In This Issue:
This Week In Springfield, committee action was light as both chambers focused on floor consideration of bills that had previously been considered in committee. Some amendments are being sent to committee for further discussion before floor consideration, while others are made directly on the floor and considered there. We expect that with next week’s floor action deadline looming, the House and Senate will have long session days as the bulk of bills are debated on each the floor of their respective chambers.
BUSINESS DAY MAY 6th
Register today to attend Business Day 2015 on Wednesday, May 6th in Springfield. Business Day is the largest gathering of employers in Illinois. This is an opportunity to network with your peers throughout the state and jointly share your concerns directly with lawmakers. Governor Bruce Rauner will keynote the opening luncheon and likely share his Turnaround Agenda. The day concludes with the not-to-be-missed Party Under the Tent – a unique opportunity to continue the conversations of the day in a fun and relaxed atmosphere. Act now to ensure you have a spot!
On a unanimous vote, HB 3898 (Rep. Robert Martwick, D-Chicago) passed the House and has now been sent to the Senate for consideration. The bill clarifies that employers must withhold child support from non-employees such as vendors and independent contractors. The Department of Human Services claims that federal law requires such withholding, although to date, IRMA has not been able to get clarification that this is actually a federal mandate and not merely an attempt to set forth procedure for withholding if an employer decides to withhold from a non-employee. It is also unclear what happens when/if an employer receives notification from the state to withhold from a non-employee who is no longer under contract with the employer. IRMA is working with the Department to get clarification on what the federal government actually requires so that employers are both informed and able to comply.
RETAIL THEFT – BOND
IRMA has had several conversations this legislative session with legislators interested in making changes to how retail theft cases are pursued and adjudicated, and the remedies that are available. In addition, IRMA was contacted by the Cook County Sheriff’s office regarding their legislative proposal to adjudicate retail theft cases within a 30 day period. HB 2919 (Rep. Michael Zalewski, D-Riverside) passed unanimously out of the Judiciary Criminal committee with the support of IRMA. The bill would allow individuals accused of misdemeanor and low-level felony retail theft to bond out of jail on their own recognizance after 30 days if a judgment has not been rendered in the case. The Cook County Sheriff is attempting to control costs as they currently are housing people in jail for long periods of time who are awaiting trial for non-violent offenses.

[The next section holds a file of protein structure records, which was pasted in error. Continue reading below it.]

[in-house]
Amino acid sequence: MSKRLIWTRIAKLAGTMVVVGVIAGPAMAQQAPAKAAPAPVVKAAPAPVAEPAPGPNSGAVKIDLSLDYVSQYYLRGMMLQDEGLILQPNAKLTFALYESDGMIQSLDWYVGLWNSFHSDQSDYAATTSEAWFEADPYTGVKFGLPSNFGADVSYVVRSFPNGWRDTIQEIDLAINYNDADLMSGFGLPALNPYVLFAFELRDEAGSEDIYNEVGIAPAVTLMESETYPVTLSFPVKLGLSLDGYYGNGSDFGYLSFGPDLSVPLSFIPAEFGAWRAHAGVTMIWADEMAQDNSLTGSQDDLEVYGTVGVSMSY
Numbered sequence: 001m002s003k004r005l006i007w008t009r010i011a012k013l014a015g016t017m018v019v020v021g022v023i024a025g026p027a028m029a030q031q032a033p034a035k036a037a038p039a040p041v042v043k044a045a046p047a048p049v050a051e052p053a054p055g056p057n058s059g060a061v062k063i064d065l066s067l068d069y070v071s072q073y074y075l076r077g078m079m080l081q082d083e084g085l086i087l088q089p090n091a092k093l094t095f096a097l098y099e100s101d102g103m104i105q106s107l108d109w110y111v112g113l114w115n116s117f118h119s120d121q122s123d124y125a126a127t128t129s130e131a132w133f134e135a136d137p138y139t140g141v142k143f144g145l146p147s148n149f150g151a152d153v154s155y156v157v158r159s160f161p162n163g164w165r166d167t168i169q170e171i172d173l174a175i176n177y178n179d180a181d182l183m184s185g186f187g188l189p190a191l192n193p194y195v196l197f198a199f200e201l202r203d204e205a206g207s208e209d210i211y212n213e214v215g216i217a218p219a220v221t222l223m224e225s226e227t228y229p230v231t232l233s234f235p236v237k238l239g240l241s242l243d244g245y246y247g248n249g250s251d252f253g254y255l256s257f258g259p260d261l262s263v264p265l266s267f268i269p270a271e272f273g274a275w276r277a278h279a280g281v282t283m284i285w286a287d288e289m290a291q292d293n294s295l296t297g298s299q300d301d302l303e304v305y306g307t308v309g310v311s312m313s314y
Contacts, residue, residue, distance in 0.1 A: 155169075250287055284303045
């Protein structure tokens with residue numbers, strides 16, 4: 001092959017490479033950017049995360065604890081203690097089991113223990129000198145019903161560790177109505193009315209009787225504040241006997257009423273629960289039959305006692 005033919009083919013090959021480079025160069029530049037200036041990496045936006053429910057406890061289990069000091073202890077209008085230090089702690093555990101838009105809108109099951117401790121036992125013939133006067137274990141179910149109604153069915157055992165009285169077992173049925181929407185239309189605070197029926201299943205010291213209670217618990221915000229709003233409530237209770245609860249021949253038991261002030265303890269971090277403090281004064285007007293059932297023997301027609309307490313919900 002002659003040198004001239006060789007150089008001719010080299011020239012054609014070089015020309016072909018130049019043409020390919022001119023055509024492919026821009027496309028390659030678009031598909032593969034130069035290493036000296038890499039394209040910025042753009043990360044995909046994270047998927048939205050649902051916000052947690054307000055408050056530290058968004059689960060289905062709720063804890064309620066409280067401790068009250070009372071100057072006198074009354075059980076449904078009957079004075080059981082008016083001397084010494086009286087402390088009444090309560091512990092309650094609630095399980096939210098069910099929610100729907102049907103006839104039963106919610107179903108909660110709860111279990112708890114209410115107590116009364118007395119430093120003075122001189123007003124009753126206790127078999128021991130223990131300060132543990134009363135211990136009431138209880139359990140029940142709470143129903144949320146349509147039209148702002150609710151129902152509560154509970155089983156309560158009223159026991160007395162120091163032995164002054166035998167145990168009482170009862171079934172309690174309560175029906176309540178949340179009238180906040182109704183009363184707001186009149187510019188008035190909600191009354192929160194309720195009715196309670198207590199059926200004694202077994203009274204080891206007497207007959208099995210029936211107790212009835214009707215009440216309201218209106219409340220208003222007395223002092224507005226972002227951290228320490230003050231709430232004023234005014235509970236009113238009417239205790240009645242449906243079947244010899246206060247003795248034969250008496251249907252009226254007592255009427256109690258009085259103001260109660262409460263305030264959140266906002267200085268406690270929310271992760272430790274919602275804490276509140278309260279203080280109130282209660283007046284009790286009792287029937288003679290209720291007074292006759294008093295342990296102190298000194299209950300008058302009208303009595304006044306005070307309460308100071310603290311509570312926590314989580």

IRMA supports the efforts of Rep. Zalewski and the Cook County Sheriff’s office to find reasonable solutions to jail overcrowding and to using taxpayer money wisely in the process without undermining Illinois’ retail theft laws.
USING CRIMINAL BACKGROUND INFORMATION IN MAKING EMPLOYMENT DECISIONS
SB 567 (Sen. James Clayborne, Jr., D-East St. Louis) passed out of the Criminal Law committee this week on an 8-3 vote. The bill seeks to address the concern regarding the employment rates of individuals with criminal backgrounds. It would add to the IL Human Rights Act that if an employer makes an adverse employment decision based on an applicant’s criminal background, that the decision must be based on whether the background was job-related and consistent with business necessity. In addition, the bill would prohibit individuals from pursuing a remedy in more than one forum. The language of this bill will be amended to adequately include the arrest and conviction information that Title VII already permits. We should note that the EEOC issued guidance in 2012 for employers and applicants on how Title VII is being interpreted regarding the use of criminal backgrounds in making hiring decisions. This language does not seek to adopt or interpret that guidance, but rather clarify how case law is treating criminal background information in employment decisions.
We would like to thank Sen. Clayborne for agreeing to make the changes necessary so that the Illinois law does not conflict with federal law. This amendment is expected to be heard in committee next week before the measure is considered by the full Senate.